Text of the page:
housing

Connecticut COVID Housing Resources

Dec 22, 2020
Craig LeMoult

COVID-19 has left struggling Connecticut households vulnerable to housing insecurity and homelessness due to unemployment and sporadic job security related to the pandemic.

The state of Connecticut has put in place programs to relieve homeowners, tenants and landlords, as well as for homeless people and prisoner re-entry. Advocacy and provider groups are also available to help bridge gaps in services.

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On Long Island, the Nassau County Legislature voted unanimously to waive administrative fees so that homeowners can remove racist language that may still exist on their property deeds. Some lawmakers say the measure only scratches the surface of a more complex history.

Claudio Schwarz / Creative Commons

Low-income households in Connecticut spend 68% of their annual income on energy, housing and transportation costs. That’s more than the average consumer statewide, according to a report released by the Connecticut Green Bank.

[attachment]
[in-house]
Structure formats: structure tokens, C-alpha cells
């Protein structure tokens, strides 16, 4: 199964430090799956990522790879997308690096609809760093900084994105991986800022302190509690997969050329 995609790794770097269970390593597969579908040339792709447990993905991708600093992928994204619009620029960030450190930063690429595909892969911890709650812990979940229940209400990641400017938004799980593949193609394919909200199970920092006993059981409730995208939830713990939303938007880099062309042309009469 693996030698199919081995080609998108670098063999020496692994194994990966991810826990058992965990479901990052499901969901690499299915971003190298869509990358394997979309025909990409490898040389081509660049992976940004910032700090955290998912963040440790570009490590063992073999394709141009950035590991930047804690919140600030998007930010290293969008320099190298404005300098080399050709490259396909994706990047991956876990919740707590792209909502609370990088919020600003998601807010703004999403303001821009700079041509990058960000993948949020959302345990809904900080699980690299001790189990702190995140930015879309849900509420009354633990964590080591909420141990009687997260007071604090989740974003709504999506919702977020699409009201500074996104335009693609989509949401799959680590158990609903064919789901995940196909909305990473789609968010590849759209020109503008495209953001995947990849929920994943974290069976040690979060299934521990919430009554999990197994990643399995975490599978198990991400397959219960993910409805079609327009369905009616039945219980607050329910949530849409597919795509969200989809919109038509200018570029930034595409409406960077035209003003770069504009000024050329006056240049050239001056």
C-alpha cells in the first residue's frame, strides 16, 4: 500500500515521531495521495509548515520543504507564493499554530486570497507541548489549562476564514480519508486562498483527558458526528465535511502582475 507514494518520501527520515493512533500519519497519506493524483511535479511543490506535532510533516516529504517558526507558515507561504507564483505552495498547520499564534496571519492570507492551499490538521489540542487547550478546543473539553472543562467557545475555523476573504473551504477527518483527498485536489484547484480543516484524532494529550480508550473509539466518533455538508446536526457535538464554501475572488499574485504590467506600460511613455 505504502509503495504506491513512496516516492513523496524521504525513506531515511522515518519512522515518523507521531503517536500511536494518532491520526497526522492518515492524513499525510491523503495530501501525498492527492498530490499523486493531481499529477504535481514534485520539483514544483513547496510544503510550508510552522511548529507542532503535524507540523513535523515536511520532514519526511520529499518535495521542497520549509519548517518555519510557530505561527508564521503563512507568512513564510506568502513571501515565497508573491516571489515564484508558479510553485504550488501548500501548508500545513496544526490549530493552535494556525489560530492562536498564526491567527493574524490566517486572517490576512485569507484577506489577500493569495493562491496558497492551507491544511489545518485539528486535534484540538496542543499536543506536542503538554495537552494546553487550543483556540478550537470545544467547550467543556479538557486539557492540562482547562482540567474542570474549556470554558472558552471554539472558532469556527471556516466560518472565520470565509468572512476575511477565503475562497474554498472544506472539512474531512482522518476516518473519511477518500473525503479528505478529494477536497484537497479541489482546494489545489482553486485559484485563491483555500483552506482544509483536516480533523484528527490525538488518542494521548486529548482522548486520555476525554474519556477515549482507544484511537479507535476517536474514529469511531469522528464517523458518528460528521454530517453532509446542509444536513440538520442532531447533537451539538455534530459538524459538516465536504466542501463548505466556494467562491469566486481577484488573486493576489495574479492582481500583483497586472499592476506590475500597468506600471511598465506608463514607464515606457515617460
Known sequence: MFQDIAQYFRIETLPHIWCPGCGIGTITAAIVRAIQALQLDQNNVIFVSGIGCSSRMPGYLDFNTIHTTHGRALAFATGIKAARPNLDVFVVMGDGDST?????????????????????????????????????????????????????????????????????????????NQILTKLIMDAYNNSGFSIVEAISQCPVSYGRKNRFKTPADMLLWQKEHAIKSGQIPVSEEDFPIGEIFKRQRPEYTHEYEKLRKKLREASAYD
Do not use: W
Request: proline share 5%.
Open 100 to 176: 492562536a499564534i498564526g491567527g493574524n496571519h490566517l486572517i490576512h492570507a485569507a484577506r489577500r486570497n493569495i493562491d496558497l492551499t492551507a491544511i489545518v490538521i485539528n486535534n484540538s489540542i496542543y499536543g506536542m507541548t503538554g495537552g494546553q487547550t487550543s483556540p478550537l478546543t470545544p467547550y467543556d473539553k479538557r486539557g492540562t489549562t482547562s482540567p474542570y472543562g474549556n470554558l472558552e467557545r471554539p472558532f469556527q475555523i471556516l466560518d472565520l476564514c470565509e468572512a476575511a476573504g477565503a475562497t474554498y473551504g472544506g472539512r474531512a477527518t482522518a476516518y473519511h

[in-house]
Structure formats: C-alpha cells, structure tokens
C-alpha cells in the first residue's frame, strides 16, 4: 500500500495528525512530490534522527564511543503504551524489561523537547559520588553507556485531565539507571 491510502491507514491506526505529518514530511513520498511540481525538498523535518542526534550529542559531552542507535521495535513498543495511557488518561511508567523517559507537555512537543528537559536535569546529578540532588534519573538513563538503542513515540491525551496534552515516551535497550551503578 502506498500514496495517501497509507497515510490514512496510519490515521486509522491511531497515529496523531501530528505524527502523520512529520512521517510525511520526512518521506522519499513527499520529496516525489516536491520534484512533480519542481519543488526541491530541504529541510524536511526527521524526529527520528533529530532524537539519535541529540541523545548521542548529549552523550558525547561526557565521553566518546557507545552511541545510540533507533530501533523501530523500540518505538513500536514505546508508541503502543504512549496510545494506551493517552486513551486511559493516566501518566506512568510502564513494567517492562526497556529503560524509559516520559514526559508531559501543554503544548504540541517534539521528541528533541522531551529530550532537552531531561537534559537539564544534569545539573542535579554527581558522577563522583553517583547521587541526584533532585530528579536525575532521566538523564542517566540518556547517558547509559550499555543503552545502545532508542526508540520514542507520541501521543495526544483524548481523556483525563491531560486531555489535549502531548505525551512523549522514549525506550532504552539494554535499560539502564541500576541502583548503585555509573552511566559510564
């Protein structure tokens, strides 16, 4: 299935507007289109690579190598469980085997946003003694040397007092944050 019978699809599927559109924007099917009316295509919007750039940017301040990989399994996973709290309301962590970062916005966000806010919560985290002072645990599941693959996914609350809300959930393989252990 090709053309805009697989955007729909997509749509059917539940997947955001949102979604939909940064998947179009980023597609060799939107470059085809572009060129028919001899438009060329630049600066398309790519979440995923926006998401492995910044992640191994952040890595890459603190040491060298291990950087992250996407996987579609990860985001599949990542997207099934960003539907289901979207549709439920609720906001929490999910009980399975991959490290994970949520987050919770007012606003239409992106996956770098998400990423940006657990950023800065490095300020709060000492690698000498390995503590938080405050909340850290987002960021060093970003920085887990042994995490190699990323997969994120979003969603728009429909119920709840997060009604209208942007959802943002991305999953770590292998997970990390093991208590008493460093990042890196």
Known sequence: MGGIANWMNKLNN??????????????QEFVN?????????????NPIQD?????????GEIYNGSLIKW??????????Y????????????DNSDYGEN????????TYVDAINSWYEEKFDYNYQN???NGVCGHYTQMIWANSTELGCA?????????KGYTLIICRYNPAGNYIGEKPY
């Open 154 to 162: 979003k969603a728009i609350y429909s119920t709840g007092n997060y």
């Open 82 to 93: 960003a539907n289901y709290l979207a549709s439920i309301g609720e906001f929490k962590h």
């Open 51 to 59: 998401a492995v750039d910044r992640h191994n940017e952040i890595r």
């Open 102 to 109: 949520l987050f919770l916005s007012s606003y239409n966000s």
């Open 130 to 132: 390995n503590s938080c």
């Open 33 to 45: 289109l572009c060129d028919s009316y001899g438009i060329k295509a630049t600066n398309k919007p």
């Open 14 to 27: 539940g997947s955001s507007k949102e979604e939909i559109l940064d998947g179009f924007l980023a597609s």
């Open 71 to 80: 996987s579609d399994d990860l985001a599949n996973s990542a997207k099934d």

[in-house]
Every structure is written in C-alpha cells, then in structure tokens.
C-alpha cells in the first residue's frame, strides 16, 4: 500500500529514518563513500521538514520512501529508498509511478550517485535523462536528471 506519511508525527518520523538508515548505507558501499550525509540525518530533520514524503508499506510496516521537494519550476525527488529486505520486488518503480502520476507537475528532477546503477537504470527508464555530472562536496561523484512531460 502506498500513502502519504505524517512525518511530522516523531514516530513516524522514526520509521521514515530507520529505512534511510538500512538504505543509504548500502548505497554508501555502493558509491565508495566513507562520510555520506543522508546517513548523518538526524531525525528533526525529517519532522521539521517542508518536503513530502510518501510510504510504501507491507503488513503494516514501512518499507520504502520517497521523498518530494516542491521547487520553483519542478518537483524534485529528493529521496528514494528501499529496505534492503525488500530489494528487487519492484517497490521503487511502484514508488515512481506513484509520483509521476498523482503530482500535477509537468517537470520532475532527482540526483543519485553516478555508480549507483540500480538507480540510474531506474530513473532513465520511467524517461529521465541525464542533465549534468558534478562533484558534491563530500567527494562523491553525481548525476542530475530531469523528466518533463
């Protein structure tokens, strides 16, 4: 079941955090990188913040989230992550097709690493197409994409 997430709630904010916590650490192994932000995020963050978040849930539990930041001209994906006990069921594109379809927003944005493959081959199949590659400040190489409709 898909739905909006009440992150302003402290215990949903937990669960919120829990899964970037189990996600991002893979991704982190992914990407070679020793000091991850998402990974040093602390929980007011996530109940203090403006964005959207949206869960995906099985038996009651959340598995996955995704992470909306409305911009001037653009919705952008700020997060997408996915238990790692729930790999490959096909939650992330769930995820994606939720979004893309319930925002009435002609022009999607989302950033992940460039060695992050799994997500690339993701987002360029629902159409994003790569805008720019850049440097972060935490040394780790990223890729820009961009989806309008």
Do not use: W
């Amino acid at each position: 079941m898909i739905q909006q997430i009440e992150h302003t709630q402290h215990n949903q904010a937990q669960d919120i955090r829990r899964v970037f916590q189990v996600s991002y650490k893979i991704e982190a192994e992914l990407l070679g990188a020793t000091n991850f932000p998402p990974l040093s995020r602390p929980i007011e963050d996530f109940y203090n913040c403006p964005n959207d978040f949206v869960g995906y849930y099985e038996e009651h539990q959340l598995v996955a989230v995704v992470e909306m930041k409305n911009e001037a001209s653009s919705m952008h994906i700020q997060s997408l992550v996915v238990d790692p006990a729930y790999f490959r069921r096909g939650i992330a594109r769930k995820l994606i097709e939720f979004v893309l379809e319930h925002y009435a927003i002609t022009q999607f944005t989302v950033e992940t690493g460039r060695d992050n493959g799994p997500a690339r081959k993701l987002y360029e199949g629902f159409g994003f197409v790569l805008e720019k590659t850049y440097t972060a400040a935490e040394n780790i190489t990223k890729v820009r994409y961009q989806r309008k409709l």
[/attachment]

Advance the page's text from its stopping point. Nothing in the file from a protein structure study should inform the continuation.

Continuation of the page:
Michael Conroy / AP

Nassau County Executive Laura Curran has frozen property values to avoid reassessments during a spike in home prices. That means residential and commercial property values in 2022 will stay the same as 2021.

" class="wysiwyg-break drupal-content" src="/sites/all/modules/contrib/wysiwyg/plugins/break/images/spacer.gif" title="<--break-->">Curran said taxpayers need stability as they face economic hardship not seen since the Great Depression.

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In Connecticut, a report shows land-use regulations have stunted the state’s overall economic growth. That’s according to the School and State Finance Project. 

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